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Thread: Specialized rabbit load

  1. #1

    Default Specialized rabbit load

    Hello, doing a bit of rabbit hunting this weekend with my new 20 gauge, 26 inch barrel with a fixed modified choke. I decided to go with the shotgun after missing several rabbits because I wasn't quick enough with my .22 rifle. Most of the rabbits I see are usually in thick brush and they are usually long gone after 20 feet if even that much, most shots are 6-20 feet. Even using #7 1/2 shot 7/8 oz loads the meat damage is a lot at that short range.

    So I was thinking, what if I take a #6 shot 1oz shell and drain out half the bb's, making it a 1/2 oz load. Anyone do this before? I would think it would lower the meat damage, but within 20 feet should still easily be a fatal shot. Any other suggestions are also welcome!

    (someday I'll try loading a shell with a mix of rocksalt and peppercorns, kill and season your meat at the same time!)

  2. #2
    Member rimfirematt's Avatar
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    I just use federal game shok loads. #6 shot, 7/8 oz. little if any meat damage, works great at most distances. I shoot a double barrel. Im not really sure what the two chokes are in it.

  3. #3
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    I don't think a partially-filled shot cup will help you any, but there's no reason you can't do some reloading and put together some properly-loaded light loads. It's fun and easy...and a MEC 600 Jr is cheap.

    That said, I really don't like to use shotguns on rabbit since blood-shot meat is 'gamey' tasting. If I bust a rabbit (yes, we all know that means 'hare'), then I stand still ...then move up slowly to where it went in the brush. About half or more of them only go 10 to 15 feet into the brush and then stop ...to look at you. It's God's way of counteracting their high rate of reproduction. I just shoot them in the head when I spot them. If I only have a shotgun with me, say because I'm actually after grouse, then I only shoot the rabbit under certain circumstances: a) stopped in the brush trying to hide or look back at me (they're not smart), and b) the only body parts exposed are ones that I don't care about (head and shoulders.) I've used a shotgun on rabbits that were facing straight at me ...I raise the barrel and miss on purpose so I'll get fewer pellets into it. I've also shot them with a shotgun when they were behind a big enough tree and only their head was sticking out. In all case, I toss blood shot parts at home and only keep the best meat ...normally that's about 3/4ths of the rabbit if you are careful. But in any case, I think the "wait a second, then look for them, then shoot them in the head with a .22" is my favorite way of getting them ...for best quality meat that is.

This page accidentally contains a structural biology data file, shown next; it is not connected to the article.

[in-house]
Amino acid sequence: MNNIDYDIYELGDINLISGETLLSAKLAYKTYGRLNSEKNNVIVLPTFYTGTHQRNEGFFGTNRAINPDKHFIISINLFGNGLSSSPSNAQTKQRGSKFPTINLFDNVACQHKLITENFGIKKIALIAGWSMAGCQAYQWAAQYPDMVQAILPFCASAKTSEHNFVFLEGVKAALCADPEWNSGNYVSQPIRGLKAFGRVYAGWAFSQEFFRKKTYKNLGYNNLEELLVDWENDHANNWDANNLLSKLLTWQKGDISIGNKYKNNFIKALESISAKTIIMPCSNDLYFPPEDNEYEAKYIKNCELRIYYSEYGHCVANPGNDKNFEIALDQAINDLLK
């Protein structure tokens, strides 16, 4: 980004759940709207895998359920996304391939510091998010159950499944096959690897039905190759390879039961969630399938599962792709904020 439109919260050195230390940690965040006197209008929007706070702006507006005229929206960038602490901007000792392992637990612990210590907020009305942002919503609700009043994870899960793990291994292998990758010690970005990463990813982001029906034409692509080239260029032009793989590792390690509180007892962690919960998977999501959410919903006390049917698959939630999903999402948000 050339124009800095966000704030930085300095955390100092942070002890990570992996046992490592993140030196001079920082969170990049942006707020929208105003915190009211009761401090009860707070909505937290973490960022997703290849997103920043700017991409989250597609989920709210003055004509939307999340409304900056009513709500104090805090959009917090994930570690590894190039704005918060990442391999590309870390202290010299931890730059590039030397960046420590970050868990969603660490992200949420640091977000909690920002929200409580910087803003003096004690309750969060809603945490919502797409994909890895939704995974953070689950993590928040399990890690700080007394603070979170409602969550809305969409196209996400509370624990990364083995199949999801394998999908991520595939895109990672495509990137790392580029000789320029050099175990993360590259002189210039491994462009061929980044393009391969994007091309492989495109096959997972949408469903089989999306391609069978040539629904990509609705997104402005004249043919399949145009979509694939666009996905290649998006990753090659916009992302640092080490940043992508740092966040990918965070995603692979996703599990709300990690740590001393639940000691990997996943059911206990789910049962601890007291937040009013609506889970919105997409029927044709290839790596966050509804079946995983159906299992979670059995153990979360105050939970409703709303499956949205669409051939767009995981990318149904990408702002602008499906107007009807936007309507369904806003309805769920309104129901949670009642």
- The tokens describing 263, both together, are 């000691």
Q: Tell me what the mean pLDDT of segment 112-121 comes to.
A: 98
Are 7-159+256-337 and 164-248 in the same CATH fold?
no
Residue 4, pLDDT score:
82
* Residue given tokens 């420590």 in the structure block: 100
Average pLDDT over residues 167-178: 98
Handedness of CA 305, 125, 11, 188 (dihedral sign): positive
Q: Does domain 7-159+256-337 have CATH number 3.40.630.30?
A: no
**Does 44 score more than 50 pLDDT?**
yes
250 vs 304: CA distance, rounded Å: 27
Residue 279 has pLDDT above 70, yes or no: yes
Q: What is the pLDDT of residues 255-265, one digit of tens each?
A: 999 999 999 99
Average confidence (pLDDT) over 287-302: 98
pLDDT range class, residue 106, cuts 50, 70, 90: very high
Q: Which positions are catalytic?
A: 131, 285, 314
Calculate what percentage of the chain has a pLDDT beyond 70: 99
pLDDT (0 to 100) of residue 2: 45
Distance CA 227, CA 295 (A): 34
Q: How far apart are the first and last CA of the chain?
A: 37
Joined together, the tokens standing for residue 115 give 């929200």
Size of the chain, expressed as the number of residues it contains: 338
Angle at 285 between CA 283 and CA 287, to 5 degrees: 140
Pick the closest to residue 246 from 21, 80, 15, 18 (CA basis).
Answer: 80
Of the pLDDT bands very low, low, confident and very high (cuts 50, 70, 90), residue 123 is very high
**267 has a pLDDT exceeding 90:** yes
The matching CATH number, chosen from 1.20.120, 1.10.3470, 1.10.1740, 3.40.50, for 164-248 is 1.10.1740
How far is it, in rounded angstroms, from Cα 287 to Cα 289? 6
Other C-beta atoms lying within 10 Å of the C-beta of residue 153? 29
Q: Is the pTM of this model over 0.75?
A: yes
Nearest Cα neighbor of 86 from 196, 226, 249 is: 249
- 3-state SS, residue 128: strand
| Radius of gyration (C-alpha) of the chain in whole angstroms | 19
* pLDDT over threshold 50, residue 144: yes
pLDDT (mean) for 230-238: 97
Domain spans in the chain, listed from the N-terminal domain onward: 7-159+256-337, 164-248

Just my 2-bits...

    Brian

  4. #4

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    You go to cutting down on the shot load in a loaded shell, and ballistics will go haywire. There's a relationship between powder charge and shot weight that's important for generating pressure and velocity while burning the powder completely. I'm betting that if you cut the shot weight in half as you suggest, the velocity would drop dramatically and you would get kind of a "bloop" rather than a bang when you pulled the trigger.

    I found a better way in twenty years of shotgunning snowshoe hare over beagles. Use the lightest shot charge available, which in 20 gauge is 7/8 oz as recommended by rimfirematt. And #6 is about as small as I would go too, BTW. #5 is even better. Either of those will reliably penetrate completely through a rabbit and not leave behind any pellets and not put too many pellets on the rabbit. Heck, I'd be happy with #4's as a way to cut down on pellet count.

    Now shoot your shotgun at different ranges, paying close attention to an memorizing where the edge of the pattern is. When you're shooting rabbits, only use the edge of the pattern rather than trying to center them in the pattern. Heck, my 410 with 1/2-ounce charges is too much for centering rabbits.

    It will take a little practice, but after a while you will automatically use only the edge. And you'll also start choosing which edge to use, in order to cocentrate the shot in the front half of the rabbit rather than the back where those tasty loins and hindquarters are.

  5. #5
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    Default rabbits